For many years it has been the universal practice to put the two main landing wheels forward of the wing and to have a small skid or wheel at the tail end. This arrangement was satisfactory with low landing speeds, but if the landing speed were high and the wheel brakes were applied too soon the machine would tip up on its nose, to the great discomfort - or worse - of the occupants. In the tricycle undercarriage the two main wheels are put under the trailing edge of the wing, behind the centre of gravity, and there is a third robust wheel at the nose. However hard the pilot applies the brakes on the two main wheels, he cannot somersault such an aeroplane. It can therefore be brought in at a higher speed (that is, with a higher wing loading) without risk. With such an undercarriage it is, moreover, possible to accelerate more quickly for taking off.
THREE-BLADED VARIABLE-PITCH AIRSCREWS of a Short Empire flying boat built for Imperial Airways. The blades may be rotated in pitch through a considerable range so that they can be adjusted to the speed of the aircraft. They can thus be made more efficient at the relatively slow speed of the take-off.
Further aids to efficiency may now be considered. Some of these are still in the early stages of experiment, others are well tried.
The oldest of these is the catapult, as fitted to many of the battleships and cruisers of the Royal Navy. These ships, unlike the large aircraft carriers, have no flying deck from which an aeroplane can take off.
No wing loading is low enough to allow aircraft to fly away from the restricted space available in a ship. If, however, the aeroplane is loaded on to a catapult fired by a cordite charge, which will accelerate it to its flying speed within the twenty yards’ length of the catapult, then the take-off is easy. It is true that so rapid an acceleration is not comfortable, but comfort is not regarded as being of the first importance to a naval pilot.
The catapult retracts from its twenty yards’ length into a comparatively small space when not in use. The aeroplane cannot land back on the catapult, and hence the aircraft used for this work are always fitted with floats. They may then alight on the water alongside the warship and be hoisted on board by means of a crane.
Such catapults are of necessity short and the acceleration is therefore great, but longer catapults with more comfortable accelerations may be used either on land or on water for commercial purposes. By using a catapult of a hundred yards’ length the acceleration may be reduced so that it would not be greater than that experienced in normal flying manoeuvres. An aeroplane will remain air-borne with a much higher wing loading than it can normally take off the ground. If the take-off can be aided by a gentle acceleration on a long catapult it is possible to envisage much higher loadings than any at present used. If the aeroplane is a flying boat used on long-range work with a large proportion of the load in the form of consumable fuel, then there should be no great difficulty in making it alight on such sheltered water as is to be found at most big seaports in Great Britain and abroad.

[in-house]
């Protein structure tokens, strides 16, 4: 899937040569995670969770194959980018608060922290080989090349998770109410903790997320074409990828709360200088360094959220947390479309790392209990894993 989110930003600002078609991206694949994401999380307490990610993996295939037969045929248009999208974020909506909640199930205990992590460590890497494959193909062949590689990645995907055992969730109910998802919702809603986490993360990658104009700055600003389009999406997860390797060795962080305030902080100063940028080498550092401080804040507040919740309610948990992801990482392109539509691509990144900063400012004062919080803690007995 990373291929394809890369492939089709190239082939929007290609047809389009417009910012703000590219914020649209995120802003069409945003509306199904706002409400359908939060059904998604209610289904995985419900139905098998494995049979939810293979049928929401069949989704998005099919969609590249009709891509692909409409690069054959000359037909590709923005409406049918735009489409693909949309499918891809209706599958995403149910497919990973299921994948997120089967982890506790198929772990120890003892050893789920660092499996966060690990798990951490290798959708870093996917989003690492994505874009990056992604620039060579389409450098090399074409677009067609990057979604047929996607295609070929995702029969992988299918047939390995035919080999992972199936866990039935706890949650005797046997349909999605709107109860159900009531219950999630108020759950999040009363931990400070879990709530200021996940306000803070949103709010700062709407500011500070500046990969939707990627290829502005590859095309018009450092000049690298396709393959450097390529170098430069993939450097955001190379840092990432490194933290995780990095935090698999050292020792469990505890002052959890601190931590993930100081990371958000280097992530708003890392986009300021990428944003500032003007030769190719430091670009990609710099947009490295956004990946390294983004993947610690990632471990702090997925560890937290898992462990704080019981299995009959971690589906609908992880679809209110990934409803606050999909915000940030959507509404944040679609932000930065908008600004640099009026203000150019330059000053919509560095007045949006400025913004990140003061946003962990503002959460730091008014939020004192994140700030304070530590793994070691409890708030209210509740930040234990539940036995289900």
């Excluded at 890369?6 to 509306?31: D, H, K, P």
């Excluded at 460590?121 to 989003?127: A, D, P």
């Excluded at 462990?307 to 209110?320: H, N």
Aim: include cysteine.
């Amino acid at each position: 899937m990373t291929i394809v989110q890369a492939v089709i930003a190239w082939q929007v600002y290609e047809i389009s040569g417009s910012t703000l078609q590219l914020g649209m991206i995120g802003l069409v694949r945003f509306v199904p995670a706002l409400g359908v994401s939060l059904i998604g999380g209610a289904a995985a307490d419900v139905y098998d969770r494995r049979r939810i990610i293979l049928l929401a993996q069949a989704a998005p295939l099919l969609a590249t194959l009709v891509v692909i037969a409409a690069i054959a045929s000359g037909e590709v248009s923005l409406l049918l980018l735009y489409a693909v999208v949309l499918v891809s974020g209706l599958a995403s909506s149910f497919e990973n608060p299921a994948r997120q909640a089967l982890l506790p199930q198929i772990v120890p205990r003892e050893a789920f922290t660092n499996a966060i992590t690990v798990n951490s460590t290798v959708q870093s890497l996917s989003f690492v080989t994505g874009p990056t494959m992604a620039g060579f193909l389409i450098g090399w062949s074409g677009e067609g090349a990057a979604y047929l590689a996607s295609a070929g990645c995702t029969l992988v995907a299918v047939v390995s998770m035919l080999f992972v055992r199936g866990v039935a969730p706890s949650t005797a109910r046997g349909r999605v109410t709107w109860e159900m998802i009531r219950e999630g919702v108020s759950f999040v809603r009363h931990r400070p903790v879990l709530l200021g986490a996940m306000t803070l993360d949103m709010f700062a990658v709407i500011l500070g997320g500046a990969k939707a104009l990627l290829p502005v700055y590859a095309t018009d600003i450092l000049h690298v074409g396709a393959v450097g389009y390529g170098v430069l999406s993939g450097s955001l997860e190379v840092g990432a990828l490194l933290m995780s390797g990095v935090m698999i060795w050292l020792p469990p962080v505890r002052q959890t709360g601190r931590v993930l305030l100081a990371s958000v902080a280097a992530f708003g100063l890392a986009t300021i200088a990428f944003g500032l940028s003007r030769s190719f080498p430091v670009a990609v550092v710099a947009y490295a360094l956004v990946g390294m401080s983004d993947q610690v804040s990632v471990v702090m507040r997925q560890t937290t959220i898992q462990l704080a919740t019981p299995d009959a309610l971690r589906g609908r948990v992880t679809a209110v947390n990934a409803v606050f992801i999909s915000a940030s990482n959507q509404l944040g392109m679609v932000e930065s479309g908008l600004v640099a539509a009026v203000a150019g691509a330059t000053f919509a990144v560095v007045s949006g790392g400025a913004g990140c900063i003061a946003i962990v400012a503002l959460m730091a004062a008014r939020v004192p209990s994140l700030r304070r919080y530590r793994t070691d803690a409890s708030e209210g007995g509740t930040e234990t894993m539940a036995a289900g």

Refuelling in the Air
An alternative scheme which is passing from experiment to the stage of practical operation is known as refuelling. Originally this was used on record-breaking flights. Normal aeroplanes were refuelled by means of long hosepipes from other machines flying over them and they were able in this way to remain in the air for days at a time.
The economic value of the idea has now been realized. If a machine is loaded with passengers, freight and a small quantity of fuel up to the take-off limit and filled up with petrol from a flying tanker immediately it has reached a convenient height, its range (or earning capacity) is greatly increased. Without refuelling it is scarcely possible to cross the Atlantic or Pacific with a revenue-paying load. With its help, such crossings become profitable. Another method of making long transoceanic crossings profitable has been developed by Major R. H. Mayo in his composite aircraft.
It is dangerous to attempt prophecy in such a rapidly developing science as aeronautics. So many research workers are engaged on so many different problems that their findings alter the position almost daily.
With the data at present available and assuming that no revolutionary discoveries are made in the next few years, it may be prophesied that the future of long-range ocean transport depends on the use of flying boats. These will be multi-engined monoplanes fitted with flaps and variable pitch airscrews, working at a constant speed. They will be loaded at the take-off, which will be assisted by some form of catapult mounted on a long barge, to over 50 lb. per square foot.
When the flying boats are in the air they will be fuelled up during the first two hours of their journey, to over 70 lb. per square foot. Cruising at over 300 miles an hour, they will fly from Southampton to New York between dawn and sunset, and they will do this on a profit-earning basis.
LONG-RANGE BIPLANE of the Handley Page type V/1500, an early type designed for carrying heavy loads over long distances. Wing research has caused this type of aircraft to be largely superseded by the tapered wing monoplane, in which all the supporting structure is carried within the wing, thus eliminating the need for external bracing.